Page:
Let’s be frank: a dental practice with a highly-skilled dental assistant would be absolute chaos. While much of the glory in a dental practice goes to the dentists, it’s dental assistants who keep the whole office functioning smoothly.
It’s no doubt a profession that requires wearing many hats. Whether they’re helping dentists to prep equipment for a consultation or surgery, replenishing supplies before they run low, or keeping customer satisfaction levels high, the work of a dental assistant is never done.
However, trying to convince a recruiter you’re an invaluable employee is an entirely different story. While you may know what an asset you are to any dental practice you work at, you need to make a recruiter understand this when you’re on the job hunt.
The #1 way to do so is to create a dental assistant resume that blows all of the others out of the water. Your resume is your key to scoring your dream job - provided you know how to make one that reflects what recruiters are looking for.
In fact, there’s never been a better time to get your resume in order, with the Bureau of Labor Statistics projecting that employment of dental assistants will grow by 11 percent from 2018 to 2028.
If you’re ready to revolutionize your resume, but don’t know what steps to take, we have you covered. Our expert guide below outlines everything you need to know to create the perfect dental assistant resume.
After reading our dental assistant resume writing guide, you will understand:
- What essential sections you need to include and how to make them shine
- Whether it’s best to include a resume objective or resume summary
- How to make your dental assistant resume stand out
- How to cut the time you spend working on your resume by 90%
1. Template Examples
2. How to Write an Eye-Catching Dental Assistant Resume
How to format your dental assistant resume
In order to write an eye-catching dental assistant resume, you will need to select the most appropriate format to use. The type of format you choose matters because it can impact how a recruiter reads your resume. While there are a handful of different formats you can choose from, the overwhelming majority of experts agree that reverse-chronological is the most ideal format for a dental assistant.
The reason it’s strongly recommended you choose this type of format is because it shows recruiters what you’ve achieved during your career in a clear and logical manner. In this format, your professional experience is presented in reverse-chronological order, starting from details about your most recent job, followed by your next most recent job, and so forth.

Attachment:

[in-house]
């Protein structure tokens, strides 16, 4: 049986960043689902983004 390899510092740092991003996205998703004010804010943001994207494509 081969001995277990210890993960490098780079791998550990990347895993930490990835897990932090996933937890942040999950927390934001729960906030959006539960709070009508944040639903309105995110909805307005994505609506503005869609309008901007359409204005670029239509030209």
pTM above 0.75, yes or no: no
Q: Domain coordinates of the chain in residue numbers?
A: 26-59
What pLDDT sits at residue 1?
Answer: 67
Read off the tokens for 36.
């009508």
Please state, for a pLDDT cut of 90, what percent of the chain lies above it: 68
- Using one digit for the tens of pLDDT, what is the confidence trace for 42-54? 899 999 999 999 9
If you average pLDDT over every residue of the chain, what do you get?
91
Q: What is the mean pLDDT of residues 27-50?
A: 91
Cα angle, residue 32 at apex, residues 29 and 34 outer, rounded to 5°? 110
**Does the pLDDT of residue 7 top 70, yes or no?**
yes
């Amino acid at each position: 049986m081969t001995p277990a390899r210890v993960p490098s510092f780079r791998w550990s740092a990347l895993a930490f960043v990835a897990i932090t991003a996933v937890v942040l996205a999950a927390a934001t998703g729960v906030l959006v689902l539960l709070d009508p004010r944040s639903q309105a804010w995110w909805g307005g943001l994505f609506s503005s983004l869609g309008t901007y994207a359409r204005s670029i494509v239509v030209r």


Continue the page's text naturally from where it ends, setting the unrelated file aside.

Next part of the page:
It’s not only recruiters who will give this format the tick of approval, but also applicant tracking software (ATS), which is now estimated to be used by a whopping 40% of companies. ATS is basically a type of software that was developed to automate parts of the hiring process. It does this by scanning each resume for certain components and in turn approving and rejecting resumes based on whether these components are present.
The fact of the matter is that if your resume is formatted in a way that the company’s ATS cannot process, your application won’t see the light of day. It may sound harsh, but this is simply how this software works. To avoid getting caught out, be sure to stick to a reverse-chronological format.
You will also need to ensure your resume complies with standard layout guidelines expected by recruiters. We’ve listed the most vital ones below that you should keep in mind:
- Number of Pages: A maximum of 1 page.
- Header size: 14-16 point size.
- Text size: 11-12 point size.
- Margins: 1 inch on all sides.
- Line Spacing: 1 or 1.15.
- Fonts to Use: Only use professional, standard fonts such as Georgia and Calibri.
- Fonts to Avoid: It will hinder your application if you use childlike fonts, such as Allspice and Chalkduster.
Pro tip: If you have significant gaps in your resume or you’re switching careers, it may be preferable to choose a functional resume format instead. You can learn more about different resume formats here.
What recruiters will look for
Recruiters are looking for dental assistants who not only show that they are dedicated to their profession, but also that they can offer the precise skills, education, and experiences needed to excel in the profession. Recruiters are primarily interested in tracking down a candidate who they believe will quickly adapt to the new role, without the need for hand-holding.
Your resume is the primary means of communicating these qualities to a recruiter. Think of your resume as your opportunity to showcase why you’re the perfect dental assistant for the job. Your skills, education, and experiences should simultaneously act as evidence of your suitability.
What skills to mention and how to do it correctly
There is one main rule you will need to remember when it comes to selecting which skills to feature in your resume: only highlight skills which are relevant to the job you’re applying for. Recruiters as well as ATS software will be looking to see if you can offer all, or many of the hard and soft skills that are required in a given job.
You can easily identify which skills are required by analyzing the job ad. Throughout the entire job ad you will see that certain skills are desired by the recruiter. These skills can be divided into two types: hard skills (technical skills) and soft skills (interpersonal and other intangible skills).
We scoured real dental assistant job ads to find some of the most common skills that recruiters are seeking. Take a look to see which ones you already have (and which ones you need to work on!):